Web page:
WASHINGTON (CNN) - The Justice Department will monitor primary voting in three Mississippi counties that have a history of alleged voting irregularities, it said Monday.
Federal authorities will monitor elections Tuesday in Bolivar, Jefferson Davis and Madison counties "to ensure compliance with federal voting rights statutes," said the department's Civil Rights Division.
Division attorneys will coordinate federal activities and stay in contact with local election officials, the DOJ said in a written statement.
Only two weeks ago the DOJ and Bolivar County settled a lawsuit involving alleged violations of a federal voting law. The court order, signed by a federal judge in Oxford, establishes procedures for the county to follow with regard to provisional ballots, known in Mississippi as affidavit ballots.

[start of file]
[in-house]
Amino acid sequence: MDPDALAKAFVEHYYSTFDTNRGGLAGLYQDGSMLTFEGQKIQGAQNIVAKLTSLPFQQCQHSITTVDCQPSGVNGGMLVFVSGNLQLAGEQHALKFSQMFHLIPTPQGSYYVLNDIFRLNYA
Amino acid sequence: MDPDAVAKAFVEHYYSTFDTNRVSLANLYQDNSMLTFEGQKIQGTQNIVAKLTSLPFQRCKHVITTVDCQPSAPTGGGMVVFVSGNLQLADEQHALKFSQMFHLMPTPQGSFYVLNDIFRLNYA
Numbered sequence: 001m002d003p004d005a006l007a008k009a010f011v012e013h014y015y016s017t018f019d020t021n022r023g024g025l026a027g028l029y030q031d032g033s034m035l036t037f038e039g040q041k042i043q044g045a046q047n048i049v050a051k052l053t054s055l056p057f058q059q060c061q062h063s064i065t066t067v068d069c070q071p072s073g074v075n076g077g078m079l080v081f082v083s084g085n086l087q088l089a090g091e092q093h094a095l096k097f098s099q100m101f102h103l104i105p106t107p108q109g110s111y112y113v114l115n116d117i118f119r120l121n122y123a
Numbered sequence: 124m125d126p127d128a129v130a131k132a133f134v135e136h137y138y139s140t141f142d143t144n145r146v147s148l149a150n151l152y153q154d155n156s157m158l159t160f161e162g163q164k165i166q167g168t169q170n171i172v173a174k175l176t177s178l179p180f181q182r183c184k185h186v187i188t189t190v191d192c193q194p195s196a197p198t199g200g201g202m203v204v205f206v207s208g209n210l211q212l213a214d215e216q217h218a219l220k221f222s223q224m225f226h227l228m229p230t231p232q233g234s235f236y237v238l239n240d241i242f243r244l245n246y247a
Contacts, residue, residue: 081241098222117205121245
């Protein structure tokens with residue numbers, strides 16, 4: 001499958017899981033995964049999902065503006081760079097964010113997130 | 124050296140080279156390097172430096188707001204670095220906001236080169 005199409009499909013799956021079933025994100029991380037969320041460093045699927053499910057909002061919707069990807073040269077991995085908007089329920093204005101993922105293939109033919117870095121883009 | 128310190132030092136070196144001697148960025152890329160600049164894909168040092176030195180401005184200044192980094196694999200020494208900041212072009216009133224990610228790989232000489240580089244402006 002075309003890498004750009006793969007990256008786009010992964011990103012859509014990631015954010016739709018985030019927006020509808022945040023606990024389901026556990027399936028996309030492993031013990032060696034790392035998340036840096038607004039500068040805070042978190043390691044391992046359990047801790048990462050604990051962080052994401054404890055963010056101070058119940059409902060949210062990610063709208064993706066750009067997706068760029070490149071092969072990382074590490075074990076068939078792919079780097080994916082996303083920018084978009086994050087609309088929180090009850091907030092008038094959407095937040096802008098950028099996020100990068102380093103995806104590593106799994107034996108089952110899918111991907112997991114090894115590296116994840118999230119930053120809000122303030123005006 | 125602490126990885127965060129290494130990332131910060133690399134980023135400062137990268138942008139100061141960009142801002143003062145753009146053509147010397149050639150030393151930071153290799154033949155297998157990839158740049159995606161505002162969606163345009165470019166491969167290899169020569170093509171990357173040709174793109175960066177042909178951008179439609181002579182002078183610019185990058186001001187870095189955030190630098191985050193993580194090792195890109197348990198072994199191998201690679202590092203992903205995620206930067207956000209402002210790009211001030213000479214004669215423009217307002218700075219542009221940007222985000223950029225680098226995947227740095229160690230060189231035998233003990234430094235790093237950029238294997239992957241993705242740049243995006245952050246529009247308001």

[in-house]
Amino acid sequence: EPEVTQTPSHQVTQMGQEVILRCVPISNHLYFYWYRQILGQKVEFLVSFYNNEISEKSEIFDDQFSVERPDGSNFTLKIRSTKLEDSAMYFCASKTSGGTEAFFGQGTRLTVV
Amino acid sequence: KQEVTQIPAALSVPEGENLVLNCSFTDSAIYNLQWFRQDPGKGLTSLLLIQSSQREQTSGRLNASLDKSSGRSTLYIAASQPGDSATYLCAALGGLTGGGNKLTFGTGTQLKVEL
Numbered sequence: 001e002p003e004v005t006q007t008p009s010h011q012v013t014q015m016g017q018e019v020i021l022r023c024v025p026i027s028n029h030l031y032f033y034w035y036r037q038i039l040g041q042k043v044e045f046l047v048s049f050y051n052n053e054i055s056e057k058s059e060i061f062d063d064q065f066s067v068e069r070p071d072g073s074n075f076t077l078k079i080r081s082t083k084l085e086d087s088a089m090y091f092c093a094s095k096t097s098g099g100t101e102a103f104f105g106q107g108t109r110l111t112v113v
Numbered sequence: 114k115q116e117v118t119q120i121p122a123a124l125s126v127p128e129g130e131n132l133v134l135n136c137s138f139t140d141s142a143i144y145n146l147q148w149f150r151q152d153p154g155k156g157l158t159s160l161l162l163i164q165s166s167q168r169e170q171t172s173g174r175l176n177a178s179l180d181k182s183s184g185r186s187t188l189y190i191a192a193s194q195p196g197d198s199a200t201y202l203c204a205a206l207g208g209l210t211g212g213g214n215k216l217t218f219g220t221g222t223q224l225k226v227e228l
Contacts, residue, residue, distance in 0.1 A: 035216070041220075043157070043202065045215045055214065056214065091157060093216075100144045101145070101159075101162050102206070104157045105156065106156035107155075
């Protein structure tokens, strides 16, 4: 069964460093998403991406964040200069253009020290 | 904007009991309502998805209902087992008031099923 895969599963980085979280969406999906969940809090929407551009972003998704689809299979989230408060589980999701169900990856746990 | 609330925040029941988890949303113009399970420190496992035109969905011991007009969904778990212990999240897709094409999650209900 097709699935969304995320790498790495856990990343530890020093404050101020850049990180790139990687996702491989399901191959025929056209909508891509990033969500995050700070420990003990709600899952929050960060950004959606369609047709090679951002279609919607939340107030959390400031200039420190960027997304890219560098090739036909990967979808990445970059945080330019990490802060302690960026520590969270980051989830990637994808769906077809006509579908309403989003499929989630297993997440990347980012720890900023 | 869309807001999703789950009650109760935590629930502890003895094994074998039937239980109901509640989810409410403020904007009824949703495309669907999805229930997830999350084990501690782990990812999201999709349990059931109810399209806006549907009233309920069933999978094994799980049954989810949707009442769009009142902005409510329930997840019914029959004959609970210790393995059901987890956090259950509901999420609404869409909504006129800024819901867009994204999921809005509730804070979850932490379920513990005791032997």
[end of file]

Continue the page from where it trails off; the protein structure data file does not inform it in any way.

The Justice Department alleged Bolivar County had failed to provide a system which allowed voters to determine if their provisional ballots were counted. The rural county in the state's Delta region is about two-thirds black.
Jefferson Davis County, in rural south central Mississippi, is 40 percent white, 60 percent black.
Madison County, which includes Canton in central Mississippi, is 60 percent white and 40 percent black.
– CNN Justice Producer Terry Frieden